Hospitals in the U.S. are bracing themselves to fight against a new kind of virus threat – one that doesn’t weaken their patients’ immunity but seizes their sensitive medical records and encrypts them. However, for an industry that is focussed on providing medical attention to the needy, hospitals are not very well prepared to combat the increasing rates of cyber attacks – ransomware, in particular – on their networks.
Since the past few decades, the medical industry has been consciously taking important measures to digitize patients’ data in order to streamline the byzantine amount of paper trails and to improve their service efficiency. But many in the industry, including the patients who are suffering the wrath of these cyber attacks, are now having second thoughts.
Case in point, the recent ransomware attack that crippled the DC-based MedStar Health line of hospitals in more than 4 states last week. The hospitals’ computer network was locked by a ransomware attacked and demanded payment in bitcoins in exchange of files decryption.
On Monday morning, the day of the attack, the hospital issued a statement stating, “MedStar acted quickly with a decision to take down all system interfaces to prevent the virus from spreading throughout the organization. We are working with our IT and cyber-security partners to fully assess and address the situation. Currently, all of our clinical facilities remain open and functioning. We have no evidence that information has been compromised. The organization has moved to back-up paper transactions where necessary.”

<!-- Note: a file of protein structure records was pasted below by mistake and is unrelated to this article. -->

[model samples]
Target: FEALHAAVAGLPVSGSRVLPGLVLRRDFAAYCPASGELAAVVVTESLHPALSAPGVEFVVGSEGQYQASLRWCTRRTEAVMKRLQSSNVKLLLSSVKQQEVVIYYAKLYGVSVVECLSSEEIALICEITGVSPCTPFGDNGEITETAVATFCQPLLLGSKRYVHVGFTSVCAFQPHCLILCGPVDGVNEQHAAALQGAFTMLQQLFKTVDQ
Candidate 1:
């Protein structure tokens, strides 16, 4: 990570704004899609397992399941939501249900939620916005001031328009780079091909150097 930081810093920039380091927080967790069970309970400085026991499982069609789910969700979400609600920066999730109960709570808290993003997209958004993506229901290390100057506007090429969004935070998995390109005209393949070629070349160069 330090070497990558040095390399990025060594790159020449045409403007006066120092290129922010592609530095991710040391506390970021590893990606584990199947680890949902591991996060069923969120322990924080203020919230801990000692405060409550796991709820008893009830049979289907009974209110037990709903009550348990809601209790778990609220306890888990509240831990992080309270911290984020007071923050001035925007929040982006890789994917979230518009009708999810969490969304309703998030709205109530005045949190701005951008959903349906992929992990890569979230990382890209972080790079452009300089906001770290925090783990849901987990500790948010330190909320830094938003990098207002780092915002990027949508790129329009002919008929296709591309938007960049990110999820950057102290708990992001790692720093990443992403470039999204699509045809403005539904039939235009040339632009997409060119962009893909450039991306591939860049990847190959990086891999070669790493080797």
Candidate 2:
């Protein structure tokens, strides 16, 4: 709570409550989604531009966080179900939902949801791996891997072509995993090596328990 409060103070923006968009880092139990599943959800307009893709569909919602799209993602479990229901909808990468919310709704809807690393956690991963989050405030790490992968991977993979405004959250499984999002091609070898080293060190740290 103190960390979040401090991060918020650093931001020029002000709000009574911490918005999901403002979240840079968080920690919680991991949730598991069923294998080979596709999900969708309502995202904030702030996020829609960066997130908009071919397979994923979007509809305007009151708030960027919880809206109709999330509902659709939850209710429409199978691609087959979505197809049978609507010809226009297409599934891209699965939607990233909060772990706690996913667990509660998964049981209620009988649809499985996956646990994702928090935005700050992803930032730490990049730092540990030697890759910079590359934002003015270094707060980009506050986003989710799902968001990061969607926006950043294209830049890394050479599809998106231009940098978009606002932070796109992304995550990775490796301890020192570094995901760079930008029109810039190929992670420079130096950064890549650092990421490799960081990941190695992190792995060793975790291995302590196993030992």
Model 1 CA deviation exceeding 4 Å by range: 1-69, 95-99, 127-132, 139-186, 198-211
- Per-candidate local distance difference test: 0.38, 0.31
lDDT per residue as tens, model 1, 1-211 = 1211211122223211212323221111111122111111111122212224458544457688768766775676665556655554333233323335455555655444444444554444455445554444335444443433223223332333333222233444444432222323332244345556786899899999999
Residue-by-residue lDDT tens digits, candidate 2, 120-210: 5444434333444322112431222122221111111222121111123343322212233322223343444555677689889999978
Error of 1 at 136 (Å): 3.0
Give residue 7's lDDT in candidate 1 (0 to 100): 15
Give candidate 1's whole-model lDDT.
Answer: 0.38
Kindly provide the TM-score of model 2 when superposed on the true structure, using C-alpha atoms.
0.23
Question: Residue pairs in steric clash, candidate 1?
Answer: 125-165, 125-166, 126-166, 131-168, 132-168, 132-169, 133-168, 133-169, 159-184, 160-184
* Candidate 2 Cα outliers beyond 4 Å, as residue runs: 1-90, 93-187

The attackers reportedly demanded 45 bitcoins, or $19071.56, from hospital administrators in return of locked data. Industry observers are drawing comparisons between this ransomware attack with the one that took place early in February 2014, when cybercriminals locked patient files belonging to Hollywood Presbyterian Medical Center in Los Angeles. The hospital administration had paid 40 bicoins ($16,664) to retrieve the lost data.
Other hospitals that became a victim of similar cyber attacks in the recent past are Methodist Hospital in Henderson in Kentucky, Ottawa Hospital in Canada, Chino Valley Medical Center and Desert Valley Hospital in California, both part of Prime Healthcare. Noticeably, some of these hospitals were able to combat the ransomware by using advanced internet security software and retrieve data safely.
According to Federal Bureau of Investigation (FBI), U.S. websites incurred a collective loss of nearly $24 million to ransomware threats in the year 2015 alone.
One effective way to fend off ransomware is to use antivirus programs that employ heuristic analysis and study the behavior of software, including unknown files. If the antivirus detects a program as threat, such as the use of an encryption tool, it can quarantine the suspicious process and remove it. An antivirus program with auto-sandboxing feature is an added plus for tackling such scenarios.
Considering the surge of recent attacks in the medical sector, it now seems that the hospitals’ job is not only limited to protect patients from the evils of ailments, but also from the nefarious grip of cybercriminals who want to earn illegal profits from a lucrative industry, even if it means jeopardizing millions of people’s health and lives.
“Companies can prevent and mitigate malware infection by utilizing appropriate backup and malware prevention and detection systems, and training employees to be skeptical of emails, attachments, and websites they don’t recognize,” suggests FBI in their website, adding that, “the FBI does not condone payment of ransom, as payment of extortion monies may encourage continued criminal activity, lead to other victimizations, or be used to facilitate serious crimes.”